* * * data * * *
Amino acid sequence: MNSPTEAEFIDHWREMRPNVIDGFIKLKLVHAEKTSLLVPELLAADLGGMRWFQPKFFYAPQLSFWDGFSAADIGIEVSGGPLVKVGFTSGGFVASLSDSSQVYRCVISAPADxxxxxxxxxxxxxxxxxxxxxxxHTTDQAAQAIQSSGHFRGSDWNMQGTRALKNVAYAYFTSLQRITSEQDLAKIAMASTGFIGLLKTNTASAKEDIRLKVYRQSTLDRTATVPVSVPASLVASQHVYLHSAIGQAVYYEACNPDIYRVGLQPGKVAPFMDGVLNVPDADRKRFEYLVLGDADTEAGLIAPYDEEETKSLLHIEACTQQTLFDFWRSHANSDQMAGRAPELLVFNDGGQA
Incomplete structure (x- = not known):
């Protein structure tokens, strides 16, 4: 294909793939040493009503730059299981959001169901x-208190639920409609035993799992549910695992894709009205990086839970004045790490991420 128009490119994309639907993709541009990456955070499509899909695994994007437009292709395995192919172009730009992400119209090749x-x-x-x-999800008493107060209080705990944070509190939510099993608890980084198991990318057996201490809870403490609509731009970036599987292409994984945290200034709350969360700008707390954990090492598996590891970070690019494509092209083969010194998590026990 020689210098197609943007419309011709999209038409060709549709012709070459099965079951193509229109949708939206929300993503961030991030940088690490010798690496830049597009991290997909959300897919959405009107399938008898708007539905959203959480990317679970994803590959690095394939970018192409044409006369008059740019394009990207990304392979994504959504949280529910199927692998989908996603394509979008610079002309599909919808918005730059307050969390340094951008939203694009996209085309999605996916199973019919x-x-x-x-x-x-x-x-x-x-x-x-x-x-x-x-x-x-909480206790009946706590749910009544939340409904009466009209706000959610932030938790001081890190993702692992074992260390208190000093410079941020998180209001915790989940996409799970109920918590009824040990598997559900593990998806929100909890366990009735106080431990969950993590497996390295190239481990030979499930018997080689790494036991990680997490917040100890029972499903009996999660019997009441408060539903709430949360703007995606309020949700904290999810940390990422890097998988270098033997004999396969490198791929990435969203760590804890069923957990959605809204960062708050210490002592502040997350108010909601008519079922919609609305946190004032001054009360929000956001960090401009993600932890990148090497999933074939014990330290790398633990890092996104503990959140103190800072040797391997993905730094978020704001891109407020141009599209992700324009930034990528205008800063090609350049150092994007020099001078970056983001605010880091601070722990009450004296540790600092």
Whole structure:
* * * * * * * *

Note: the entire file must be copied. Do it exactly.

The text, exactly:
Amino acid sequence: MNSPTEAEFIDHWREMRPNVIDGFIKLKLVHAEKTSLLVPELLAADLGGMRWFQPKFFYAPQLSFWDGFSAADIGIEVSGGPLVKVGFTSGGFVASLSDSSQVYRCVISAPADxxxxxxxxxxxxxxxxxxxxxxxHTTDQAAQAIQSSGHFRGSDWNMQGTRALKNVAYAYFTSLQRITSEQDLAKIAMASTGFIGLLKTNTASAKEDIRLKVYRQSTLDRTATVPVSVPASLVASQHVYLHSAIGQAVYYEACNPDIYRVGLQPGKVAPFMDGVLNVPDADRKRFEYLVLGDADTEAGLIAPYDEEETKSLLHIEACTQQTLFDFWRSHANSDQMAGRAPELLVFNDGGQA
Incomplete structure (x- = not known):
């Protein structure tokens, strides 16, 4: 294909793939040493009503730059299981959001169901x-208190639920409609035993799992549910695992894709009205990086839970004045790490991420 128009490119994309639907993709541009990456955070499509899909695994994007437009292709395995192919172009730009992400119209090749x-x-x-x-999800008493107060209080705990944070509190939510099993608890980084198991990318057996201490809870403490609509731009970036599987292409994984945290200034709350969360700008707390954990090492598996590891970070690019494509092209083969010194998590026990 020689210098197609943007419309011709999209038409060709549709012709070459099965079951193509229109949708939206929300993503961030991030940088690490010798690496830049597009991290997909959300897919959405009107399938008898708007539905959203959480990317679970994803590959690095394939970018192409044409006369008059740019394009990207990304392979994504959504949280529910199927692998989908996603394509979008610079002309599909919808918005730059307050969390340094951008939203694009996209085309999605996916199973019919x-x-x-x-x-x-x-x-x-x-x-x-x-x-x-x-x-x-909480206790009946706590749910009544939340409904009466009209706000959610932030938790001081890190993702692992074992260390208190000093410079941020998180209001915790989940996409799970109920918590009824040990598997559900593990998806929100909890366990009735106080431990969950993590497996390295190239481990030979499930018997080689790494036991990680997490917040100890029972499903009996999660019997009441408060539903709430949360703007995606309020949700904290999810940390990422890097998988270098033997004999396969490198791929990435969203760590804890069923957990959605809204960062708050210490002592502040997350108010909601008519079922919609609305946190004032001054009360929000956001960090401009993600932890990148090497999933074939014990330290790398633990890092996104503990959140103190800072040797391997993905730094978020704001891109407020141009599209992700324009930034990528205008800063090609350049150092994007020099001078970056983001605010880091601070722990009450004296540790600092």
Whole structure: